But, perhaps, fome are faying, what is there extraordinary or peculiar in all this? is it not clearly revealed in the word of God? can any Christian be ignorant of it? If Mofes, in that early difpenfation, defired a difcovery of the divine perfections, nothing of that kind is wanting to us, who, fince the fulness of time, have fo complete a revelation in the New Teftament. But, my brethren, I muft beg of you to obferve these two things:

1. That there is in the fulnefs of the Godhead an infinite and endlefs variety even for the employment of our intellectual powers. Well might Zo phar, in the book of Job, fay, Job xi. 7,8,9. 'Canft thou, by fearching, find out God? canft thou find out the Almighty unto perfection? It is as high as heaven, what canft thou do? deeper than hell, what canft thou know? the measure thereof is ⚫ longer than the earth, and broader than the fea.


2. That the real and proper knowledge of the glory of God is by inward and fpiritual illumination. The holy fcriptures themselves, however clear a difcovery they contain of the nature of God, are no better than a fealed book to many even of the greatest comprehenfion of mind. It is one thing to think, and speak, and reafon on the perfections of God, as an object of science, and another to glorify him as God, or to have a deep and awful impreffion of him upon our hearts. Real believers will know this by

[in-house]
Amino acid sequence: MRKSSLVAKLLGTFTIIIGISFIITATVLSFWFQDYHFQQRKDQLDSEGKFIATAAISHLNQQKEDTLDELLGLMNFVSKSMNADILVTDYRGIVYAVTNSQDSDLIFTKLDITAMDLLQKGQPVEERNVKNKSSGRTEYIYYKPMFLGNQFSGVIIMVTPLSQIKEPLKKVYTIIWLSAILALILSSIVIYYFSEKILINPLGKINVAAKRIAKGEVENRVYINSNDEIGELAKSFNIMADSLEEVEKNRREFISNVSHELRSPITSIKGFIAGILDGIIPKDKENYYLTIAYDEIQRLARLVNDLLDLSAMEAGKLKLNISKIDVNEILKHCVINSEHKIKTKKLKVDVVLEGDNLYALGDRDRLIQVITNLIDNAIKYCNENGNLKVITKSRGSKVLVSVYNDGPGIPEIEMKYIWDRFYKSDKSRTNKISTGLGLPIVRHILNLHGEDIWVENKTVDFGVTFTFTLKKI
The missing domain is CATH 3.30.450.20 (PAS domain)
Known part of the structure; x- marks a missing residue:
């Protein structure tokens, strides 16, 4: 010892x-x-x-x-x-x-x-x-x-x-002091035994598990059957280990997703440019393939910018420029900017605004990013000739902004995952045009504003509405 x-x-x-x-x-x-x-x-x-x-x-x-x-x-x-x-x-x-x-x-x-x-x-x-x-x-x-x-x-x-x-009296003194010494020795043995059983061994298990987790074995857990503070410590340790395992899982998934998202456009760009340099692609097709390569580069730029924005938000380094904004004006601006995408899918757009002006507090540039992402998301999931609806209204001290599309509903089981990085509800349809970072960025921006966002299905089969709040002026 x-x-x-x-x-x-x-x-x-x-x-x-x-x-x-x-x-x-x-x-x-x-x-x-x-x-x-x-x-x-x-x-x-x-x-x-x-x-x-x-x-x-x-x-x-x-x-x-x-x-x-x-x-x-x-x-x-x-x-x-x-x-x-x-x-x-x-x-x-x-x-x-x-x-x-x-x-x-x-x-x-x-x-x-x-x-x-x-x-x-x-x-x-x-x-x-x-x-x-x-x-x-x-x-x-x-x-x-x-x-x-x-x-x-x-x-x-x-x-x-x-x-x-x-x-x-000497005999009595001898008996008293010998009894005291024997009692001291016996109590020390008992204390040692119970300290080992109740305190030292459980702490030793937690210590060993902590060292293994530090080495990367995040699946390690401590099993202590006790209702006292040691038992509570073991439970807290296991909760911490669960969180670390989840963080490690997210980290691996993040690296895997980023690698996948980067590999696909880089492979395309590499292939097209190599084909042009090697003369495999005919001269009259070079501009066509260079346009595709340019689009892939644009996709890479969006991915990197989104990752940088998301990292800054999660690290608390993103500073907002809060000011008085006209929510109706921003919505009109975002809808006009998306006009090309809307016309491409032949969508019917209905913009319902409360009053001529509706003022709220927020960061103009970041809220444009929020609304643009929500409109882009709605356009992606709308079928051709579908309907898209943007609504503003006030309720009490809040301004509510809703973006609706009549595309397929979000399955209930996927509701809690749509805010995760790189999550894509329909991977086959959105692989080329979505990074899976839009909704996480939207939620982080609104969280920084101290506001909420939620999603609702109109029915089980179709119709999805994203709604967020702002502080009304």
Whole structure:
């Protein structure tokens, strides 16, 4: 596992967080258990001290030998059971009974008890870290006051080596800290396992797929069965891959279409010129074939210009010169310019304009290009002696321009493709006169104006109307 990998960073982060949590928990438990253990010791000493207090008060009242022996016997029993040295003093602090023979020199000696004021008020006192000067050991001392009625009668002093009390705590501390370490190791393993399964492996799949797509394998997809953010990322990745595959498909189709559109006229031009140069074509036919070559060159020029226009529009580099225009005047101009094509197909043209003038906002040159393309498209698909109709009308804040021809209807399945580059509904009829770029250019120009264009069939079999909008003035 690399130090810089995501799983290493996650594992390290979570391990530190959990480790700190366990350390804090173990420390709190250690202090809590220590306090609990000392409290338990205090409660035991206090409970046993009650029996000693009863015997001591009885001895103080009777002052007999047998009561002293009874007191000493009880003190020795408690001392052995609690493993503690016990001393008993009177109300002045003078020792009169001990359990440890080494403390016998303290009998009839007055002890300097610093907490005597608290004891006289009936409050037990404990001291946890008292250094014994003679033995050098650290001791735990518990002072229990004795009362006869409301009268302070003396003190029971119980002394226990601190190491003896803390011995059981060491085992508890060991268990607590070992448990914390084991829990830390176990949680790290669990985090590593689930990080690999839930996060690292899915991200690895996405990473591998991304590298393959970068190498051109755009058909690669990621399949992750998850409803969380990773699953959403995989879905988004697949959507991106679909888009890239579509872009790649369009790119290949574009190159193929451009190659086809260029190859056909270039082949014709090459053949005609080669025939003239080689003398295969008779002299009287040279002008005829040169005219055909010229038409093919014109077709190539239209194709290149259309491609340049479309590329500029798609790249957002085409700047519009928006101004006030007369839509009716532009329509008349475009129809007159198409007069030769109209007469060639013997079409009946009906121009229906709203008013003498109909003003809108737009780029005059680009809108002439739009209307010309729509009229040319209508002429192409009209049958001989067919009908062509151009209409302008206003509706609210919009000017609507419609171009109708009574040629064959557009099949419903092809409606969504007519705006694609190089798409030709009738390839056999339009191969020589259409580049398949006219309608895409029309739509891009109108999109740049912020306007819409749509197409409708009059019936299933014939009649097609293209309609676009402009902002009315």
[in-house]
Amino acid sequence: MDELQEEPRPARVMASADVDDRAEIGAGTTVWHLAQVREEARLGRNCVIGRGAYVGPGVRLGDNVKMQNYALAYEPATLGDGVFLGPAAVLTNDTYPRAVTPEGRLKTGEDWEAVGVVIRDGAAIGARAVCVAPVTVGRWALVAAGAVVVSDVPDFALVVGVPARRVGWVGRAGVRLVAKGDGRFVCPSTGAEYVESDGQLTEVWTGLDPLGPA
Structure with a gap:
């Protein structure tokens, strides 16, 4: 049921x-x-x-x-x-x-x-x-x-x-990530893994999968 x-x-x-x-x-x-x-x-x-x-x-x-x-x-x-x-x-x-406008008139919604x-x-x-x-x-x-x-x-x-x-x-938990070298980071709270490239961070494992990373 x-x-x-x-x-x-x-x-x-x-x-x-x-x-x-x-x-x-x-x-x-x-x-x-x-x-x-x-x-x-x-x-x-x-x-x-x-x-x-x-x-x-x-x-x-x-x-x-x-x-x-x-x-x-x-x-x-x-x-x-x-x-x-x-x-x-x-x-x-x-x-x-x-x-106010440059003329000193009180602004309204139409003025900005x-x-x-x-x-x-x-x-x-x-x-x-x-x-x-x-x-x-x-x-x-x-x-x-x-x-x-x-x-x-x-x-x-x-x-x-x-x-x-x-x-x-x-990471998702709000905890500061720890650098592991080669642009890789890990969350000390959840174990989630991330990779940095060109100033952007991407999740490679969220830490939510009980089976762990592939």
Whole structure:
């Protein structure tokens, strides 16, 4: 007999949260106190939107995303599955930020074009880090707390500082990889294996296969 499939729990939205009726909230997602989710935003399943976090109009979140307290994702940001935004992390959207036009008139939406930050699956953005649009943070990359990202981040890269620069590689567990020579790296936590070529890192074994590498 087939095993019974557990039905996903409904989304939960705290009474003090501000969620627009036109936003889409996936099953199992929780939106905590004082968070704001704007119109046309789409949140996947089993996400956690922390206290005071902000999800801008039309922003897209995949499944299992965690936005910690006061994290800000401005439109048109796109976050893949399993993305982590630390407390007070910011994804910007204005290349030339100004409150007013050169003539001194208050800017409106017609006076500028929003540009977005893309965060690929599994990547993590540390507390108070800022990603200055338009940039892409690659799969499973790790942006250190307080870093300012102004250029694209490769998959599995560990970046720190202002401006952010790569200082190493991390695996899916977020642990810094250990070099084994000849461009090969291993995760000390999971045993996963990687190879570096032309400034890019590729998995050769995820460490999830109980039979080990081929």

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experience. A discovery of the glory of God, is not to inform them of a truth which they never heard before, but to give lively penetrating views of the meaning and importance of thofe truths of which they had, perhaps, heard and spoken times without number. Sometimes one word spoken of the Eternal, the Almighty, the Holy One, will be carried home upon the confcience and heart with fuch irrefiftible force, as to fhew them more of God than ever they had feen before. O what a difference is there between the way in which we use the fame words in prayer or praise, at one time, and at another! None but down-right atheists will deny the omniscience and omniprefence of God; but how far is this general acknowledgment from that overwhelming fense of his presence which believers have sometimes in his worship in publick or in fecret. What a new fenfe of God's prefence had Jacob at Bethel, when he said, Gen. xxviii. 16, 17. Surely the Lord is in this place, and I knew it rot: and he was afraid, and faid, how dreadful is this place? this is ⚫ none other but the house of God, and this is the